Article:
Thought I should mention the obvious multivariate independence tests. These can be used in a 1st pass to trim out the obviously independent variables. Assume a d-dimensional joint distributions **p(x0, x1, x2, … xd)** as a starting point with sample vector X = { x0, x1, x2, .. xd }.

Let us consider a subdividing of the above **d** dimensional distribution into **n** and **m** dimensional distributions respectively (where d = n+m). We want to test to see whether the marginal distribution of **n** variables is independent of the distribution of **m** variables. Our sample vector for the full joint distribution can be expressed as:

X = { {a1,a2, ..an}, {b1,b2,…,bm}}

and we have marginal distributions **p(A)** and **p(B)** each of which is a subset of the dimensions of **p(X)**. The covariance matrix for **p(X)** looks like:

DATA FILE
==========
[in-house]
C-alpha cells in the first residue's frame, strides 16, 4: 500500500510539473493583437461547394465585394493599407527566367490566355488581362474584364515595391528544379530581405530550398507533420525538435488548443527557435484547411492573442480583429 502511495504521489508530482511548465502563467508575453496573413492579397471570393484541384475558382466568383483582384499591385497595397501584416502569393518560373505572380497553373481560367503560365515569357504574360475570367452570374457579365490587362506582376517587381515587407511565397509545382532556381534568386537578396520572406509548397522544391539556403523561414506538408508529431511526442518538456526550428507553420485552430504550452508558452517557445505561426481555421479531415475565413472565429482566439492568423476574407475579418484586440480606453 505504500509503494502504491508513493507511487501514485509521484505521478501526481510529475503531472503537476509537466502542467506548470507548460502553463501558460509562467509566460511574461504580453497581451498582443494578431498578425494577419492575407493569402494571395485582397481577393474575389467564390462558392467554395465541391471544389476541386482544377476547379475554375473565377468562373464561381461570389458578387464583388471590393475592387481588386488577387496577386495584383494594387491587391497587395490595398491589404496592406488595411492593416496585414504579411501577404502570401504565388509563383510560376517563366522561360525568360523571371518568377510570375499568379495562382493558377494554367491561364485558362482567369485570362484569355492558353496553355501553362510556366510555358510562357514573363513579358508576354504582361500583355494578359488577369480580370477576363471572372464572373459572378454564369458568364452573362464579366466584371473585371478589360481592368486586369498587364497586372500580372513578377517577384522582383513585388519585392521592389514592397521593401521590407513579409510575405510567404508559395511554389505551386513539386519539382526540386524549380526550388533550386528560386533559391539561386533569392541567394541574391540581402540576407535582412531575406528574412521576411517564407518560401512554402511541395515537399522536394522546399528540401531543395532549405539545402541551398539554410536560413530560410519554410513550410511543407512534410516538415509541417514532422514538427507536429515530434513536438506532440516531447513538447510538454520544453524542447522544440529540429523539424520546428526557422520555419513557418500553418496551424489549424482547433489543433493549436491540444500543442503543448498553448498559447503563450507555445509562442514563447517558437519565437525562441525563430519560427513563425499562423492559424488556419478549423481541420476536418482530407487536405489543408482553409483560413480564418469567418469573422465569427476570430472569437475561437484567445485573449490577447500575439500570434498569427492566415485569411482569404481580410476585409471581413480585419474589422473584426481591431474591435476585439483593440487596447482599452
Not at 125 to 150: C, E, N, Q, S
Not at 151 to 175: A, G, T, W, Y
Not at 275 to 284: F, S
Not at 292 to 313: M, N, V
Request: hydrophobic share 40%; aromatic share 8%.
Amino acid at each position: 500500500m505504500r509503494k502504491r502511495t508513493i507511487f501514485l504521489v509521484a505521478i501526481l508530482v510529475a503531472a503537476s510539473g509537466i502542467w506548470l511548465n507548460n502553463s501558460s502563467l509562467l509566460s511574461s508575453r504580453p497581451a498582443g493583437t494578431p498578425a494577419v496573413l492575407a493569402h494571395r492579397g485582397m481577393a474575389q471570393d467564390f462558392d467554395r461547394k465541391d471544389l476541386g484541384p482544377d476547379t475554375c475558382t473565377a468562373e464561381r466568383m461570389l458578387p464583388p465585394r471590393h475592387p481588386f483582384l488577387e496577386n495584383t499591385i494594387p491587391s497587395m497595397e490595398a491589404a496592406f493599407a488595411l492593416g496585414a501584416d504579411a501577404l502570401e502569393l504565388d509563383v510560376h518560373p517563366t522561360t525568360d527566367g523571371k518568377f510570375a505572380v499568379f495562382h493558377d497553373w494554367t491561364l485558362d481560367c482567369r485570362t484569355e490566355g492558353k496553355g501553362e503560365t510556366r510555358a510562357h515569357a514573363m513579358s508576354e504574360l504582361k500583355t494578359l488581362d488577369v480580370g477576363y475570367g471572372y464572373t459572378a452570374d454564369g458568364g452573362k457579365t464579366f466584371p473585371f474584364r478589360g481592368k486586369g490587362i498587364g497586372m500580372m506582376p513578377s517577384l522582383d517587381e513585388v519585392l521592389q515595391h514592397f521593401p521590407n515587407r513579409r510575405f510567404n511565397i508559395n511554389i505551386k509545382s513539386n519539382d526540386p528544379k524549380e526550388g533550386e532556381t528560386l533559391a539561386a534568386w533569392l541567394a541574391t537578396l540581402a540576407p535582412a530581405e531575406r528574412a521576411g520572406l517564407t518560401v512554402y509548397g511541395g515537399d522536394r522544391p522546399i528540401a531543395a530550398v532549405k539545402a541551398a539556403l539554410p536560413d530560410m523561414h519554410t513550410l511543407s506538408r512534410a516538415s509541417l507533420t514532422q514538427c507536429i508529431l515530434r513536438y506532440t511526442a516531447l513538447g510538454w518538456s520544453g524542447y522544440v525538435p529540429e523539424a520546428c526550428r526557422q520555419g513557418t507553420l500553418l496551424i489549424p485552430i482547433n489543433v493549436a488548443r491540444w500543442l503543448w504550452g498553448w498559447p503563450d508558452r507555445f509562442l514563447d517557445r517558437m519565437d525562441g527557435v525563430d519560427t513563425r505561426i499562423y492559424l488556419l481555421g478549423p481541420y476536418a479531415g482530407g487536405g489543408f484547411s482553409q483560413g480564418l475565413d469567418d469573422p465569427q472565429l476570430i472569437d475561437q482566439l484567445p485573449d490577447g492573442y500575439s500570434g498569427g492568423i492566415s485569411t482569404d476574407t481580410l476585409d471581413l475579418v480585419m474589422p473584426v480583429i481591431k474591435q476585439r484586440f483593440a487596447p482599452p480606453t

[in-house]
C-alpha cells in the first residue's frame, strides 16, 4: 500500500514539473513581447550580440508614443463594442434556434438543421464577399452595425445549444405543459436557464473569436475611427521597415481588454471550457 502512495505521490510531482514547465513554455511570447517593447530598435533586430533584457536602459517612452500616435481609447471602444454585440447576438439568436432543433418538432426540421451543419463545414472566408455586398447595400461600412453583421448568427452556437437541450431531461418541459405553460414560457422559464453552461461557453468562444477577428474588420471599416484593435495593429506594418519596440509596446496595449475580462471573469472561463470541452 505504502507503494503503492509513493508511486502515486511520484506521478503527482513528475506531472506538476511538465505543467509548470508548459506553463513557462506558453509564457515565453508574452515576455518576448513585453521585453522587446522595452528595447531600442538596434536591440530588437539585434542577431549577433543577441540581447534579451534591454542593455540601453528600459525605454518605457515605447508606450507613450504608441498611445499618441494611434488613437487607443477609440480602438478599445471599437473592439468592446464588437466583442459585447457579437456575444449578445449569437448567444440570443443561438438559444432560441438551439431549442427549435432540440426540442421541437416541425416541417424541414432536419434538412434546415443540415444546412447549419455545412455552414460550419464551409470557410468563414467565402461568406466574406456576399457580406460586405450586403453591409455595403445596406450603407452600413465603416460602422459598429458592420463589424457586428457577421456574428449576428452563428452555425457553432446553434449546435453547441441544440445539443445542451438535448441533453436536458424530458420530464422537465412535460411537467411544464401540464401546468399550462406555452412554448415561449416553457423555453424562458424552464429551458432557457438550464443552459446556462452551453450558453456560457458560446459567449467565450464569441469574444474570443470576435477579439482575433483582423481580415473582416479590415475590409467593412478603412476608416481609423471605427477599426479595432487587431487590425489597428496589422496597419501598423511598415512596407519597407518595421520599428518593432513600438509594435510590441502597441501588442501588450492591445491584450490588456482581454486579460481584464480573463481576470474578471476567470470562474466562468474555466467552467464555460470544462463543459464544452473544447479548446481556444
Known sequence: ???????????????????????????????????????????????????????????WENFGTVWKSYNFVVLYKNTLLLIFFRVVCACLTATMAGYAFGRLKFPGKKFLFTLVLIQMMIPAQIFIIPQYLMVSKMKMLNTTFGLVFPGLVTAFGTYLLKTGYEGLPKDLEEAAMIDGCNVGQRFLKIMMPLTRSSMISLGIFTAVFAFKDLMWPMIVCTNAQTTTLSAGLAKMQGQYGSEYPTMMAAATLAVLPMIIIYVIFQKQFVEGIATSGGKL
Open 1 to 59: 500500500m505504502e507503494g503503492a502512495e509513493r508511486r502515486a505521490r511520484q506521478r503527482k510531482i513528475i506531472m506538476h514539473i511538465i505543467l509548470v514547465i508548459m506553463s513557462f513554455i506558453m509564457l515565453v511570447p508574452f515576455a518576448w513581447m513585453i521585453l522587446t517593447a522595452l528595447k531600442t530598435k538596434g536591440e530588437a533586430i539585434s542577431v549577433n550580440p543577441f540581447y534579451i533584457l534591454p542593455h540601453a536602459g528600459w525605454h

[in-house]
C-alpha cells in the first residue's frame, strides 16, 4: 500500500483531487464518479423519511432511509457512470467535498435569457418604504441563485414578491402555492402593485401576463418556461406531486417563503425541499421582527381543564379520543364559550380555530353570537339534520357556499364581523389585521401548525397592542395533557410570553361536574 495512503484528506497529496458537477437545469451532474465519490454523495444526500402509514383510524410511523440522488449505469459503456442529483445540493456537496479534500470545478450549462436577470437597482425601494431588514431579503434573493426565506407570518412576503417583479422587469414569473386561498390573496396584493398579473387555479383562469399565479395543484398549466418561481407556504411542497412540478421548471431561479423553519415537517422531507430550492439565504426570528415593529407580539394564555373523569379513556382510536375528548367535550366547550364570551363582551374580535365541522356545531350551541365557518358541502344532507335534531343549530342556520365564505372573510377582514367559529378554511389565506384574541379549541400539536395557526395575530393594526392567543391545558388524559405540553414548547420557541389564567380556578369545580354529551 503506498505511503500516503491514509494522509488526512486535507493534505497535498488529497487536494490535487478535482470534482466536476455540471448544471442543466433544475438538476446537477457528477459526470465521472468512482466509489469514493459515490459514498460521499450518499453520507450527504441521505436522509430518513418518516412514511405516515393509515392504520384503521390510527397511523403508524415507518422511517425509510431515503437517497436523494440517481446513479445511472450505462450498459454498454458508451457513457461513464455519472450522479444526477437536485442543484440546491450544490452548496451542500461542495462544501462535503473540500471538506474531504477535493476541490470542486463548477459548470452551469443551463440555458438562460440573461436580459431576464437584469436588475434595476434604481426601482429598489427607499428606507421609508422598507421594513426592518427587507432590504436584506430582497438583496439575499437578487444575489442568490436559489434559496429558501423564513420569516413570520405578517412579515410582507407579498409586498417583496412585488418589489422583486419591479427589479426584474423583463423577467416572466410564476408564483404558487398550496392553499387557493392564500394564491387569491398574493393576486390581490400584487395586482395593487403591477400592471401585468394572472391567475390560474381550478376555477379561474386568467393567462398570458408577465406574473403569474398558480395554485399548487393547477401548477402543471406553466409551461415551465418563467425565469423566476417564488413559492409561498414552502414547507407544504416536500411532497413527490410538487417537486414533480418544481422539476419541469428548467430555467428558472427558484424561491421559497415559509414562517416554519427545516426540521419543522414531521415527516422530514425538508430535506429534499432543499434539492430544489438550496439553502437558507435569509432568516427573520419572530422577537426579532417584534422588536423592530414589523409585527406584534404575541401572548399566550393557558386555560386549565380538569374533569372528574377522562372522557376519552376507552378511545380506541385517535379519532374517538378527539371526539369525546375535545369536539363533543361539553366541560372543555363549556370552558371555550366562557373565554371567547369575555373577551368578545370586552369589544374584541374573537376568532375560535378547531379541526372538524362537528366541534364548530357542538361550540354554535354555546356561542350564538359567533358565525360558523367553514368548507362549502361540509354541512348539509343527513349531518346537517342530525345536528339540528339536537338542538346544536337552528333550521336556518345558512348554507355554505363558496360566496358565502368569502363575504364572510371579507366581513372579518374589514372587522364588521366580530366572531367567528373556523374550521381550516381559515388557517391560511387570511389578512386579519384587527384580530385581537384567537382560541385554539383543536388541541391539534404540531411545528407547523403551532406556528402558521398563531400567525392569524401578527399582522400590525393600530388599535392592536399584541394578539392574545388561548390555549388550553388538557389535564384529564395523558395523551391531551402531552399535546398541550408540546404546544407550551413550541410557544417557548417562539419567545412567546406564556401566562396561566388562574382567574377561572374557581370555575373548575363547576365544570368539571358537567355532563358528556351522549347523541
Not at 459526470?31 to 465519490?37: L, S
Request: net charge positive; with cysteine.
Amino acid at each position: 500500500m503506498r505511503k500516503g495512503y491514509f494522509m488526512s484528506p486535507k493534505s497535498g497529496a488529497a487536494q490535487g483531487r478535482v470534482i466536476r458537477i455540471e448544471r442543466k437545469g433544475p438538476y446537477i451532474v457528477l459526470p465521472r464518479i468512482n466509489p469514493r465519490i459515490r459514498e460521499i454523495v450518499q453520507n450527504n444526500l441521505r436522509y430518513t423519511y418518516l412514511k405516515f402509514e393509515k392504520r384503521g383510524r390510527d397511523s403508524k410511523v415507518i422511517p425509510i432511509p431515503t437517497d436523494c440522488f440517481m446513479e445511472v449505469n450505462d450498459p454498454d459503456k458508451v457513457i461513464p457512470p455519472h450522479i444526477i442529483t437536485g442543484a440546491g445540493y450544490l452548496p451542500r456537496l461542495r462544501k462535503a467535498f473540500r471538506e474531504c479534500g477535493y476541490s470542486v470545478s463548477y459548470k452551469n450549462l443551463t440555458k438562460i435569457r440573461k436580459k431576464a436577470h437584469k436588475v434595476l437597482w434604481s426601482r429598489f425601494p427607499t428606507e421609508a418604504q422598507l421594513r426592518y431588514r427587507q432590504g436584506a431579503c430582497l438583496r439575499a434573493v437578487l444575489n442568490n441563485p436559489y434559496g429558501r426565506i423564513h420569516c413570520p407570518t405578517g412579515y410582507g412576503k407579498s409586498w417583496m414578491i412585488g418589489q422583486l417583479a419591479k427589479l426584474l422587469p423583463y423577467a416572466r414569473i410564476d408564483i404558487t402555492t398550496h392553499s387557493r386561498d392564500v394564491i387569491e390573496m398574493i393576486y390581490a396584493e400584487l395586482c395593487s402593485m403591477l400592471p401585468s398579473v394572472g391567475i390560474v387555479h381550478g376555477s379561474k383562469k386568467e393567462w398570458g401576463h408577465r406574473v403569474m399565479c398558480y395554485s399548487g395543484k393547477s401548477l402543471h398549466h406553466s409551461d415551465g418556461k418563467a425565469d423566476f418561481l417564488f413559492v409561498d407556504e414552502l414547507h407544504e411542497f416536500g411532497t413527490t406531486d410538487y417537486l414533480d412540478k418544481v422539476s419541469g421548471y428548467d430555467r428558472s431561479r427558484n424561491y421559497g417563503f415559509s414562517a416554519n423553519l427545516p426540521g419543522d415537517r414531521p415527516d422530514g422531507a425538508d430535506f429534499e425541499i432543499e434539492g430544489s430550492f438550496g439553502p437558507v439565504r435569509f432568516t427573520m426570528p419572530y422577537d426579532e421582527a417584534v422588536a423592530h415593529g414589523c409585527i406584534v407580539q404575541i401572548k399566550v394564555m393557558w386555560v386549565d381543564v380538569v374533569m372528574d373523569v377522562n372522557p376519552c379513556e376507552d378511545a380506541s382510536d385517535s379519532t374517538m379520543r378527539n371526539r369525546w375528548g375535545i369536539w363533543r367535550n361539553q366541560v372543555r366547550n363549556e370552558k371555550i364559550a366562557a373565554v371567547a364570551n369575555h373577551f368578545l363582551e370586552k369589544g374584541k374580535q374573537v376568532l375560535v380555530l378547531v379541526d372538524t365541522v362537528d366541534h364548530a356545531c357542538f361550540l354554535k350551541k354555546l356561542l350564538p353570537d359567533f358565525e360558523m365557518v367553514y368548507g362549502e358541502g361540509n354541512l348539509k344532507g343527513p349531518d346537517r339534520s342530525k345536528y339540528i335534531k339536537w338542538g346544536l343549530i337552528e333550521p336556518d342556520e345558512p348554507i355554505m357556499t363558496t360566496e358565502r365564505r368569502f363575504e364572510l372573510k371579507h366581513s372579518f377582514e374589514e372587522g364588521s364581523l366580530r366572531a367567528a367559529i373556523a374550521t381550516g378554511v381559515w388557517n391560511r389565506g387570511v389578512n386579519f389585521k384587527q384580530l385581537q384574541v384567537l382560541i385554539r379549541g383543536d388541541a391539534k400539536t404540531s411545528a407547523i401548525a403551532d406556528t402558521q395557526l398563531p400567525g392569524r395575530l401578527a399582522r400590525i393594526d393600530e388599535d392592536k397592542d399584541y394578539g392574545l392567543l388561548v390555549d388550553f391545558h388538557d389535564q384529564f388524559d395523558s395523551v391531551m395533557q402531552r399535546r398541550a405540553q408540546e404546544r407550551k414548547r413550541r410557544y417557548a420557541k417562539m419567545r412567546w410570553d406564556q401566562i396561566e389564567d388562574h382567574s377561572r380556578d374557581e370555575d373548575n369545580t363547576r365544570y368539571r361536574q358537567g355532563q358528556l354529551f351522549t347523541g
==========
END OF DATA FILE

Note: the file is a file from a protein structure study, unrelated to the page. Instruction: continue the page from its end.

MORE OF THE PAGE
Intuitively if A and B are independent then Σab should be 0 (well not significantly different from 0). We set up the null hypothesis H0 to indicate independence. The wilks’ test rejects independence if:

where N is the number of samples. This test is valid even for non-elliptical distributions, so is a good 1st line test. The intuition with the above measure is that the determinant ratio is measuring the volume of the covariance matrix in ratio to the volumes of the non-crossing components of covariance. If the volume is mostly explained by the non-crossing components, then A and B are independent.

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